Title: The Archived
Author: Victoria Schwab
Rating: 8.5/10 (What this means)
Publication: January 2013
Recommendation: Read it. Highly enjoyable.
My Reading Method: 1st Edition Hardback (Purchased on Amazon for $9.85)
“Imagine a place where the dead rest on shelves like books.
Each body has a story to tell, a life seen in pictures that only Librarians can read. The dead are called Histories, and the vast realm in which they rest is the Archive.
Da first brought Mackenzie Bishop here four years ago, when she was twelve years old, frightened but determined to prove herself. Now Da is dead, and Mac has grown into what she once was, a ruthless Keeper, tasked with stopping often—violent Histories from waking up and getting out. Because of her job, she lies to the people she loves, and she knows fear for what it is: a useful tool for staying alive.
Being a Keeper isn’t just dangerous—it’s a constant reminder of those Mac has lost. Da’s death was hard enough, but now her little brother is gone too. Mac starts to wonder about the boundary between living and dying, sleeping and waking. In the Archive, the dead must never be disturbed. And yet, someone is deliberately altering Histories, erasing essential chapters. Unless Mac can piece together what remains, the Archive itself might crumble and fall.
In this haunting, richly imagined novel, Victoria Schwab reveals the thin lines between past and present, love and pain, trust and deceit, unbearable loss and hard-won redemption.”
***WARNING-MY REVIEWS OFTEN CONTAIN SPOILERS! READ AT YOUR OWN RISK!!***
First of all, this book is GEORGIOUS. Seriously, I audibly “Ooohed” and “ahhhed” as I unwrapped it from my Amazon packaging. Deep blue cover, silver embossing on the spine, bold black and silver design on the inside cover, and deep black type throughout the book… it simply FEELS good. Know what I mean? I’m aware my item (FRBR, anyone??) is a little unique unto its own, but I fully believe that I got a quality product.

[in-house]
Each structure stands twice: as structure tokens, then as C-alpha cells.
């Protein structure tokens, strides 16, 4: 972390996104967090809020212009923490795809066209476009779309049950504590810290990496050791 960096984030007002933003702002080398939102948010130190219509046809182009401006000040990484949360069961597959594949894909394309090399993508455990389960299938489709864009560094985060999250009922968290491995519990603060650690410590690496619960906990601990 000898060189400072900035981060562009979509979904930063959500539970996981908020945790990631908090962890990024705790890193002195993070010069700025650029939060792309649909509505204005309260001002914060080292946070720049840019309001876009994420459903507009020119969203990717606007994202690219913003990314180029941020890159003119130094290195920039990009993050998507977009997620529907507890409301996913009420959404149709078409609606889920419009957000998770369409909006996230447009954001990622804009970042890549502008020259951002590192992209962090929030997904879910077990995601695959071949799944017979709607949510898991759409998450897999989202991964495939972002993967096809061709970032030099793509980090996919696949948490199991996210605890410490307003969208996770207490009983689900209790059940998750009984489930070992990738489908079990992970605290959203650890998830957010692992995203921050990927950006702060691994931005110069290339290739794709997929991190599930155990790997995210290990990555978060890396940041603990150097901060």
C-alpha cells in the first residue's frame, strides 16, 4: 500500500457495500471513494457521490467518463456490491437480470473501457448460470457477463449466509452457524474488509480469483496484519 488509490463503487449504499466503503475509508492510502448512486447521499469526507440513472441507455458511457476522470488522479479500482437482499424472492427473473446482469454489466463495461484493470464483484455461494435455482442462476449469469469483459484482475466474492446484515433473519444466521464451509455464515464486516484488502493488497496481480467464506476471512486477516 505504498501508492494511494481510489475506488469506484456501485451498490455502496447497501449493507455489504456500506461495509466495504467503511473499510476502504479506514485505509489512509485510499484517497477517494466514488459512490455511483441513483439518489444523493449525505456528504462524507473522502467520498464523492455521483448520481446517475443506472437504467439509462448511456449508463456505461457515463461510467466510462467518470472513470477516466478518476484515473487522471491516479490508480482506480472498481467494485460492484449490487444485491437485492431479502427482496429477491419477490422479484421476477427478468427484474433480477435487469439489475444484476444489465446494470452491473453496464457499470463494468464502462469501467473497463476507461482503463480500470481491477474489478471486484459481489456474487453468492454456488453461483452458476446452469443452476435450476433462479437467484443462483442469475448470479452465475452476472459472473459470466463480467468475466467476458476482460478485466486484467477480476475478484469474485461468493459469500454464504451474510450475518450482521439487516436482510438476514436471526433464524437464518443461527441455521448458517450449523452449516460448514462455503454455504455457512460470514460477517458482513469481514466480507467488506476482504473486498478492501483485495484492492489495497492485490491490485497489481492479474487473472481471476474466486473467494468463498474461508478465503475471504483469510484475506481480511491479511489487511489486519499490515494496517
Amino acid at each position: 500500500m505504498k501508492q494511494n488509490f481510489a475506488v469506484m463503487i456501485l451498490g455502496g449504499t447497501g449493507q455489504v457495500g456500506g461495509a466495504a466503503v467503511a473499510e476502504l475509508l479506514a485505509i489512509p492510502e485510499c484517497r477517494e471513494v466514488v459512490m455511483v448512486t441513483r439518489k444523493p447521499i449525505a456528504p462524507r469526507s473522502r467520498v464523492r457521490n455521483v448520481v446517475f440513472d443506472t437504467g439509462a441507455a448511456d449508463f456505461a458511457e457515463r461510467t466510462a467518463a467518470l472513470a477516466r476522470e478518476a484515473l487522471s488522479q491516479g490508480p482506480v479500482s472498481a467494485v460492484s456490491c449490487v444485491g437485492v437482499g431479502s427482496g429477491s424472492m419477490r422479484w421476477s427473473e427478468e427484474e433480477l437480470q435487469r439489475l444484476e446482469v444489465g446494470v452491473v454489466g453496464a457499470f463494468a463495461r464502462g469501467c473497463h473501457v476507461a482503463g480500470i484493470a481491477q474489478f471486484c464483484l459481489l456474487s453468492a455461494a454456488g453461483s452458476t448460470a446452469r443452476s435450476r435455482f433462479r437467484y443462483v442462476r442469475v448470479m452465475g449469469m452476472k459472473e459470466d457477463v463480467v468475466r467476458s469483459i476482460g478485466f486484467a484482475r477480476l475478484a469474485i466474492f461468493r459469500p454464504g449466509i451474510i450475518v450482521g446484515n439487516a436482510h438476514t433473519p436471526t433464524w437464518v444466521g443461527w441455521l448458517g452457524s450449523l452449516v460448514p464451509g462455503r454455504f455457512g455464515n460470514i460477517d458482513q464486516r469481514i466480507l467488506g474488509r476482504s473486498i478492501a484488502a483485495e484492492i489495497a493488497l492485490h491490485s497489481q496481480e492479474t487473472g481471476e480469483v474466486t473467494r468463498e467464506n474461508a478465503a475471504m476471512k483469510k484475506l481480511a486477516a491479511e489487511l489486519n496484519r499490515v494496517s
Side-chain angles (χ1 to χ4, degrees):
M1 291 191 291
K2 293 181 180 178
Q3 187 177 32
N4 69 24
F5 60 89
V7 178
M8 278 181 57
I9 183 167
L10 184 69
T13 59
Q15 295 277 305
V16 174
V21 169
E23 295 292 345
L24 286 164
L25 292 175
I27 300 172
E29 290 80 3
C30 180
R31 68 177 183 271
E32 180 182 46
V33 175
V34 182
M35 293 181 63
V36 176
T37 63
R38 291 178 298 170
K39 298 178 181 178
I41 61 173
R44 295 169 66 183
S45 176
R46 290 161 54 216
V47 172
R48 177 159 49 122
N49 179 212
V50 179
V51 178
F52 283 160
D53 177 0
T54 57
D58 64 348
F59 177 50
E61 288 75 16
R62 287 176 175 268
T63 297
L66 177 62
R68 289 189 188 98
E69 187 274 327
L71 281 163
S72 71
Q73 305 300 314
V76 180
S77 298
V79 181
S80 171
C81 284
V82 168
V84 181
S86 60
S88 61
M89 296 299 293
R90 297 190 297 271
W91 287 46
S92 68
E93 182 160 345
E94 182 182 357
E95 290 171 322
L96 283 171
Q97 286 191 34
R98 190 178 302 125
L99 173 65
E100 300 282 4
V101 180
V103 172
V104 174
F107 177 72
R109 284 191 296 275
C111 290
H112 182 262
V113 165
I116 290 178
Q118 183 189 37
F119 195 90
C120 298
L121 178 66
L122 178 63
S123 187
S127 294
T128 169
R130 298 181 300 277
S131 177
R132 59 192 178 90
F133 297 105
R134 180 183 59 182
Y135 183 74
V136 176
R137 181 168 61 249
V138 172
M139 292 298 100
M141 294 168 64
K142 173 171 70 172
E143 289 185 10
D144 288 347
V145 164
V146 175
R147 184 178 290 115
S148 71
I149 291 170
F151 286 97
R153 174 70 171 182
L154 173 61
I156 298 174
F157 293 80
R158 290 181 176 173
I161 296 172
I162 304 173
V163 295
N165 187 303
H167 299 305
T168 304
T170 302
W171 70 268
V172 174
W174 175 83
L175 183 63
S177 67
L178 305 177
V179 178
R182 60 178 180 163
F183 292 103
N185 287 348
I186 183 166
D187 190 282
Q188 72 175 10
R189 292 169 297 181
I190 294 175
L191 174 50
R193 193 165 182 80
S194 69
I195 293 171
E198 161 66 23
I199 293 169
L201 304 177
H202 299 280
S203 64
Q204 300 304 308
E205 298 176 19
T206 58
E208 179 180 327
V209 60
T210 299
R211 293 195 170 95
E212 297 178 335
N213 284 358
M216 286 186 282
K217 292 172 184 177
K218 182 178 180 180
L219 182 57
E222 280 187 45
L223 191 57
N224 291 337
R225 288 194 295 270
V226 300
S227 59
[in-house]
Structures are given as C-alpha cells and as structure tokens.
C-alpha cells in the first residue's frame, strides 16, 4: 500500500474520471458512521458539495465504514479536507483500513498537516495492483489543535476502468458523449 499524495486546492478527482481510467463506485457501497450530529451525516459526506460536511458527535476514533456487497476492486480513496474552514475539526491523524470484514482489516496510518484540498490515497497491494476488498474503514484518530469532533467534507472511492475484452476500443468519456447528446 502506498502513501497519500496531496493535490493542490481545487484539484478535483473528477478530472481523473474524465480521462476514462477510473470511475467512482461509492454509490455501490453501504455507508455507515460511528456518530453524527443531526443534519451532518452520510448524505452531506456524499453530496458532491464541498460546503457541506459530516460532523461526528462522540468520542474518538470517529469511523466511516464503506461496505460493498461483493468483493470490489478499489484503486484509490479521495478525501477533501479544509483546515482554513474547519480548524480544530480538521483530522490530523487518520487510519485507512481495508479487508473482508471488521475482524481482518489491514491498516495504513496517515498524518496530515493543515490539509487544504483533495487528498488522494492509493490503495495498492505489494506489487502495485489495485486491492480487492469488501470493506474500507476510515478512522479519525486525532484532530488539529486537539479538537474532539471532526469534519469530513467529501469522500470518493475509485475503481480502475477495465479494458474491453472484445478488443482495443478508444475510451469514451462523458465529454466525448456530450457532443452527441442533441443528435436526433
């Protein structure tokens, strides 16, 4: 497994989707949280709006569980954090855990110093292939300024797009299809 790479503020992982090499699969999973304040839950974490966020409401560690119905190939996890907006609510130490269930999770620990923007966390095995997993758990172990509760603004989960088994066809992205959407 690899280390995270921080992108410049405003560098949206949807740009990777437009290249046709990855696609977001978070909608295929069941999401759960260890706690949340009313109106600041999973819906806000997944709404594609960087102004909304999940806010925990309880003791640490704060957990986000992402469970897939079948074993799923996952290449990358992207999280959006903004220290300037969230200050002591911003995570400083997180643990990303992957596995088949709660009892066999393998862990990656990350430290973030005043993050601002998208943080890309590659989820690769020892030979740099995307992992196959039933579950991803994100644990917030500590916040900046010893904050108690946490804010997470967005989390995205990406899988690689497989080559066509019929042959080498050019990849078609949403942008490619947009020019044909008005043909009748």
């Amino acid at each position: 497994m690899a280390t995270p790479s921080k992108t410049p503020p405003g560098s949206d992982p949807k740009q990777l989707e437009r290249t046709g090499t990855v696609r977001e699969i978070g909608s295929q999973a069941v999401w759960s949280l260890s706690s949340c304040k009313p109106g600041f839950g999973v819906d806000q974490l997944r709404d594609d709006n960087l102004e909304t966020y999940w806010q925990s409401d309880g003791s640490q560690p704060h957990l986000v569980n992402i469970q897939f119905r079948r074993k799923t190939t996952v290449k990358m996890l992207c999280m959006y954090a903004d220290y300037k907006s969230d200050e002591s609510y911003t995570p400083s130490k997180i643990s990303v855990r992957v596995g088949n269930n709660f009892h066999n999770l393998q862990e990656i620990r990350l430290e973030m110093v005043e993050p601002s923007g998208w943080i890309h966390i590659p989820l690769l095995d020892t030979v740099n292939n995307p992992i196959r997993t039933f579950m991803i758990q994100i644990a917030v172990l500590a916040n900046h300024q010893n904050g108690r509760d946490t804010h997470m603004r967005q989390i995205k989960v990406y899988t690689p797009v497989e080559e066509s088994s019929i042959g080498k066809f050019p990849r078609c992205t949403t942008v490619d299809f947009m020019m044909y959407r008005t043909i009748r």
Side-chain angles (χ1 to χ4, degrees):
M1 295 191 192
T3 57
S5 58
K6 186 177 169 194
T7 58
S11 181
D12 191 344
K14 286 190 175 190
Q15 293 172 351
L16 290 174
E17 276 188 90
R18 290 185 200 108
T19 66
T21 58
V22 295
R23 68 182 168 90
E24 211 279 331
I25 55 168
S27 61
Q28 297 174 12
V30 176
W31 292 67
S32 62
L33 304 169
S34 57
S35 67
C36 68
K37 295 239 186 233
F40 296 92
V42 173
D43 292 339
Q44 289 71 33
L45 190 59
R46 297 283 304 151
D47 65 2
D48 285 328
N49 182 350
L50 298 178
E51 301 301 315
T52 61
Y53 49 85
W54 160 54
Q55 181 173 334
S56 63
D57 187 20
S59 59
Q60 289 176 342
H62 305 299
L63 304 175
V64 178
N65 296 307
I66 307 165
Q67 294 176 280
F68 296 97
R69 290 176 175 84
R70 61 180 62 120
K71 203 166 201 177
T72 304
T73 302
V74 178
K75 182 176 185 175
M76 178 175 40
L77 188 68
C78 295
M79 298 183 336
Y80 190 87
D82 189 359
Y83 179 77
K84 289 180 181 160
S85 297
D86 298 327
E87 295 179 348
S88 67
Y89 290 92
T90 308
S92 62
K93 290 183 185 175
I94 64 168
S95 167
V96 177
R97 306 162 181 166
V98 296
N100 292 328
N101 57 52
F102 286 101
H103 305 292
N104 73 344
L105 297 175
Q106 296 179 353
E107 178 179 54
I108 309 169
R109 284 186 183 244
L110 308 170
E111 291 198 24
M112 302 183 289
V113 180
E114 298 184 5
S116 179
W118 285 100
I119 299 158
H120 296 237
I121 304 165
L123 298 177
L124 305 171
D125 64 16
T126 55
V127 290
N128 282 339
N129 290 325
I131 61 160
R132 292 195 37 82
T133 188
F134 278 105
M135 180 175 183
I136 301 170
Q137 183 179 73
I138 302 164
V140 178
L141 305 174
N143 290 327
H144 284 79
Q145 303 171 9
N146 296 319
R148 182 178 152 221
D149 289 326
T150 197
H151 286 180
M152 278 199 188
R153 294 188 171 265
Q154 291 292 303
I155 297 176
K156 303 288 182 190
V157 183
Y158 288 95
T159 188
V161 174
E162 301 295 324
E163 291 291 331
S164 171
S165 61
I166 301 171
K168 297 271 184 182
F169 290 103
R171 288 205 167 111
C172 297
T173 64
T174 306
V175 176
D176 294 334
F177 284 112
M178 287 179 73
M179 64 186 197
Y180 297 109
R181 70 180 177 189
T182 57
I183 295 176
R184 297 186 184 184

Sooo, The Archived… I decided to buy this book after standing in line for The Unbound at ALA completely by accident. I was wondering around the exhibits and suddenly I realized I was standing behind a congregation of people and suddenly an even longer line was forming behind me. Now, this was my first ALA and to be completely honest I thought I was failing miserably at finding the coveted ARCs. I already missed out on several things I had my eye on because I wanted to attend the sessions, but I thought ‘what the hell’ and decided to see what all the fuss was about with this Victoria Schwab character. (In fact the woman behind me kept asking me if this was the author I was excited to meet and kept talking about The Archived to an extent that I felt the need to secretly look the book up on my phone just so I would have some way to respond.) By the time I collected my book I was convinced that it was a series I wanted to read and ordered The Archived by the time I got back to my hotel.
Sooo… The Archived…
Terms you need to understand:
- Histories- The memories of a dead person contained in a body much like the one they had when they died. A History can be woken and escape The Archive
- The Archive- Where Histories are kept
- Librarian- Person that works in the Archive, knows how to read Histories and was promoted from Crew
- Keeper- Person charged with hunting down Histories when they escape
- Crew- A promotion from Keeper, and they work in teams of two to hunt down dangerous Histories that escape into the Outer